Label: Type III Tests of Fixed Effects

Template: Stat.Glimmix.Tests3

Path: Glimmix.Tests3

-------------

### Bonferroni correction for power analysis with more than two groups

I'm trying to find a textbook reference for the following procedure written explicitly in the context of power analysis. Please let me know if you know (k u e k a w a AT gmail com).

When there are more than two conditions in the experiment design, the alpha level, one of the parameters that go into power analysis, can be divided by the number of contrasts. If there are three groups (control, treatment 1, treatment 2), there are three contrast points:

C vs T1, C vs T2, and T1 vs T2.

The typical alpha level is 0.5, so you can do:

0.5 / 3 = 0.16

and use that in the power analysis software.

If only two contrasts are important for your purpose:

0.5 / 2 = 0.25

Reference:

page 24 of

https://medschool.vanderbilt.edu/cqs/files/cqs/media/2010Ayumi.pdf

Bonferroni correction:

### SAS PROC GLIMMIX method=

The default technique is METHOD=RSPL, corresponding to maximizing the residual log pseudo-likelihood with an expansion about the current solutions of the best linear unbiased predictors of the random effects. In models for normal data with identity link, METHOD=RSPL and METHOD=RMPL are equivalent to restricted maximum likelihood estimation, and METHOD=MSPL and METHOD=MMPL are equivalent to maximum likelihood estimation.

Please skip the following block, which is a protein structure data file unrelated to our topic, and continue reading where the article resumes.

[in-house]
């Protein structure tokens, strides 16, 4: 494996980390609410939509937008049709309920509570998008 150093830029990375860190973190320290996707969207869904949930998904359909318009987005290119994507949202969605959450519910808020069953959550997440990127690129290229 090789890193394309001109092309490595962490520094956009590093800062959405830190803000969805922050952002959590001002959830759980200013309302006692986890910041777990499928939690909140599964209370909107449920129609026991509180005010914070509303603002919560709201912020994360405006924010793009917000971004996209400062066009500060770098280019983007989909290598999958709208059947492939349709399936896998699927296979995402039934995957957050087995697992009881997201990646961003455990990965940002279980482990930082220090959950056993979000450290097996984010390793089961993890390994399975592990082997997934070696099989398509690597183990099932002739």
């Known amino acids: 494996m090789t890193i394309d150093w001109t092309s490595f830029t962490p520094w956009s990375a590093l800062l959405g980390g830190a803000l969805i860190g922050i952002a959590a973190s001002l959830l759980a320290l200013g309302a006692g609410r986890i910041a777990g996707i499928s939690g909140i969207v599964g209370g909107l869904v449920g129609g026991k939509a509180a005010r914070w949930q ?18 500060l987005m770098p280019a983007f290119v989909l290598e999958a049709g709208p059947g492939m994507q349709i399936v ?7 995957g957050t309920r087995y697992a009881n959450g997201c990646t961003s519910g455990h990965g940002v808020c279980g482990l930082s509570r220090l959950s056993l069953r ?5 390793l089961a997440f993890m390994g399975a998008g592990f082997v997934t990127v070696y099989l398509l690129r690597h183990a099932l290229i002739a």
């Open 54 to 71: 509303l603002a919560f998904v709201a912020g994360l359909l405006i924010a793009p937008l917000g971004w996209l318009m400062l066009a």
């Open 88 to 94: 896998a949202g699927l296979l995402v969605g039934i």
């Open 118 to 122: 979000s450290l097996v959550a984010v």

***

The following SAS Usage Note:

http://support.sas.com/kb/37107

http://support.sas.com/kb/40724

provide information on testing covariance parameters when using PROC MIXED and PROC GLIMMIX.

### Using PROC LOGISTIC to Estimate the Rasch Model

Paper 342-2011

Using PROC LOGISTIC to Estimate the Rasch Model

Tianshu Pan, Pearson Yumin Chen, the University of Texas Health Science Center at San Antonio ABSTRACT

This paper describes how to use PROC LOGISTIC to estimate the Rasch model and make its estimates consistent with the results of the standard Rasch model software WINSTEPS.

http://support.sas.com/resources/papers/proceedings11/342-2011.pdf

### SAS Proc POWER examples

Comparison of two independent groups:

proc power;

twosamplemeans test=diff

groupmeans = 0 | .2

stddev = 1

npergroup = .

power = .8;

run;

Comparison of dependent data (paired)

proc power;

pairedmeans test=diff

meandiff = .2

corr = 0.5

stddev = 1

npairs = .

power = .8;

run;

Comparison of proportions

proc power;

twosamplefreq test=pchi

groupproportions = (.65 .70)

nullproportiondiff = 0

power = .80

npergroup =.;

run;

### Logit coefficients from logistic regression model

How do we interpret logic coefficients estimated by logistic regression model? The following is a hypothetical result:

log(p/1-p) = 0.3 + 0.2*Male + 0.4*TREATMENT

One use of this result is to see if Male effect and GPA effect are statistically significant. We also want to know the meaning of values, such as 0.2 and 0.4. Because the left side of equation is a complex mathematical construct, it is not immediately clear what 0.2 or 0.4 means.

<Under construction>